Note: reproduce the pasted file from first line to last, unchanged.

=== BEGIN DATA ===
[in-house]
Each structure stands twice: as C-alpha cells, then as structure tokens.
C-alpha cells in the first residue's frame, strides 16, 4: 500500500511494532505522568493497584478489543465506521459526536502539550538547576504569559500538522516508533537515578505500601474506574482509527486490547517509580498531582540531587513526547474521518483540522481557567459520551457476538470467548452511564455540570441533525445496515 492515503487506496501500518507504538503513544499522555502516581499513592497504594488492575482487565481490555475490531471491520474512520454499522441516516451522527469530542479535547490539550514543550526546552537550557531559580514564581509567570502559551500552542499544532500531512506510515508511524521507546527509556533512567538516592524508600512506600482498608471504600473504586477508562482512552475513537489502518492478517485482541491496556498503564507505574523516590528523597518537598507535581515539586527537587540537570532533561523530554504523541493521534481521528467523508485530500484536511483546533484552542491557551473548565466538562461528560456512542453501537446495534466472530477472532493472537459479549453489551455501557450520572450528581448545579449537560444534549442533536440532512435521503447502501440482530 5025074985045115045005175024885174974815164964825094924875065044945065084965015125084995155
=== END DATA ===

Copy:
[in-house]
Each structure stands twice: as C-alpha cells, then as structure tokens.
C-alpha cells in the first residue's frame, strides 16, 4: 500500500511494532505522568493497584478489543465506521459526536502539550538547576504569559500538522516508533537515578505500601474506574482509527486490547517509580498531582540531587513526547474521518483540522481557567459520551457476538470467548452511564455540570441533525445496515 492515503487506496501500518507504538503513544499522555502516581499513592497504594488492575482487565481490555475490531471491520474512520454499522441516516451522527469530542479535547490539550514543550526546552537550557531559580514564581509567570502559551500552542499544532500531512506510515508511524521507546527509556533512567538516592524508600512506600482498608471504600473504586477508562482512552475513537489502518492478517485482541491496556498503564507505574523516590528523597518537598507535581515539586527537587540537570532533561523530554504523541493521534481521528467523508485530500484536511483546533484552542491557551473548565466538562461528560456512542453501537446495534466472530477472532493472537459479549453489551455501557450520572450528581448545579449537560444534549442533536440532512435521503447502501440482530 5025074985045115045005175024885174974815164964825094924875065044945065084965015125084995155